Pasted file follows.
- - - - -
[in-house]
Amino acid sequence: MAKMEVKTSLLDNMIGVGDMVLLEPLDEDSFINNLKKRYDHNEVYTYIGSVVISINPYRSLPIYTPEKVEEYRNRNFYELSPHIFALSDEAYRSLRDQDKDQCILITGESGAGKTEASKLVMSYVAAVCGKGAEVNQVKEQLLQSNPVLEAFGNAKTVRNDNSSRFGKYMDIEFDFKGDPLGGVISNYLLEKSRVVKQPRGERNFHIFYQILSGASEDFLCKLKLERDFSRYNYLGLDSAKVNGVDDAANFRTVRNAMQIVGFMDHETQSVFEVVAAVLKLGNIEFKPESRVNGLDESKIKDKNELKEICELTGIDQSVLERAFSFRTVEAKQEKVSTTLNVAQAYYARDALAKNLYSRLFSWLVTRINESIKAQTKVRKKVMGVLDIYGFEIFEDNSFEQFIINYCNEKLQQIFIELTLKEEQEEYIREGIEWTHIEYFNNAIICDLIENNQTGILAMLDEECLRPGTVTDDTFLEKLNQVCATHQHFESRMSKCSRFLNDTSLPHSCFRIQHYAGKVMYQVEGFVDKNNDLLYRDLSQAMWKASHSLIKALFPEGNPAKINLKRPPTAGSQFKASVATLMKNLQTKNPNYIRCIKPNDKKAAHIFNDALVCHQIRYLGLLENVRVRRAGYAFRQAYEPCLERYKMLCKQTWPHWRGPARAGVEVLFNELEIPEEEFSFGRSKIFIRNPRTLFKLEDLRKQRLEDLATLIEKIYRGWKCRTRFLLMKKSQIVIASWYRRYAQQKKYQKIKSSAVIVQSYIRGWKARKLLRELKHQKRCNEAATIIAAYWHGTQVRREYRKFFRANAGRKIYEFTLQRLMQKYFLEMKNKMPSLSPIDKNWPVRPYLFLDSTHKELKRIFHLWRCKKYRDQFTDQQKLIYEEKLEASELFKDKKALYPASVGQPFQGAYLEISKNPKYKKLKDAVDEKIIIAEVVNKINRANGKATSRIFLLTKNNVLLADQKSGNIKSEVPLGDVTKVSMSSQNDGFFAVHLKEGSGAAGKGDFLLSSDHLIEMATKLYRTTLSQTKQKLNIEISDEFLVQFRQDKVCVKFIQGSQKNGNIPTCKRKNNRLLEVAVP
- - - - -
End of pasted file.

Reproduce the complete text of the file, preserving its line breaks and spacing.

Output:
[in-house]
Amino acid sequence: MAKMEVKTSLLDNMIGVGDMVLLEPLDEDSFINNLKKRYDHNEVYTYIGSVVISINPYRSLPIYTPEKVEEYRNRNFYELSPHIFALSDEAYRSLRDQDKDQCILITGESGAGKTEASKLVMSYVAAVCGKGAEVNQVKEQLLQSNPVLEAFGNAKTVRNDNSSRFGKYMDIEFDFKGDPLGGVISNYLLEKSRVVKQPRGERNFHIFYQILSGASEDFLCKLKLERDFSRYNYLGLDSAKVNGVDDAANFRTVRNAMQIVGFMDHETQSVFEVVAAVLKLGNIEFKPESRVNGLDESKIKDKNELKEICELTGIDQSVLERAFSFRTVEAKQEKVSTTLNVAQAYYARDALAKNLYSRLFSWLVTRINESIKAQTKVRKKVMGVLDIYGFEIFEDNSFEQFIINYCNEKLQQIFIELTLKEEQEEYIREGIEWTHIEYFNNAIICDLIENNQTGILAMLDEECLRPGTVTDDTFLEKLNQVCATHQHFESRMSKCSRFLNDTSLPHSCFRIQHYAGKVMYQVEGFVDKNNDLLYRDLSQAMWKASHSLIKALFPEGNPAKINLKRPPTAGSQFKASVATLMKNLQTKNPNYIRCIKPNDKKAAHIFNDALVCHQIRYLGLLENVRVRRAGYAFRQAYEPCLERYKMLCKQTWPHWRGPARAGVEVLFNELEIPEEEFSFGRSKIFIRNPRTLFKLEDLRKQRLEDLATLIEKIYRGWKCRTRFLLMKKSQIVIASWYRRYAQQKKYQKIKSSAVIVQSYIRGWKARKLLRELKHQKRCNEAATIIAAYWHGTQVRREYRKFFRANAGRKIYEFTLQRLMQKYFLEMKNKMPSLSPIDKNWPVRPYLFLDSTHKELKRIFHLWRCKKYRDQFTDQQKLIYEEKLEASELFKDKKALYPASVGQPFQGAYLEISKNPKYKKLKDAVDEKIIIAEVVNKINRANGKATSRIFLLTKNNVLLADQKSGNIKSEVPLGDVTKVSMSSQNDGFFAVHLKEGSGAAGKGDFLLSSDHLIEMATKLYRTTLSQTKQKLNIEISDEFLVQFRQDKVCVKFIQGSQKNGNIPTCKRKNNRLLEVAVP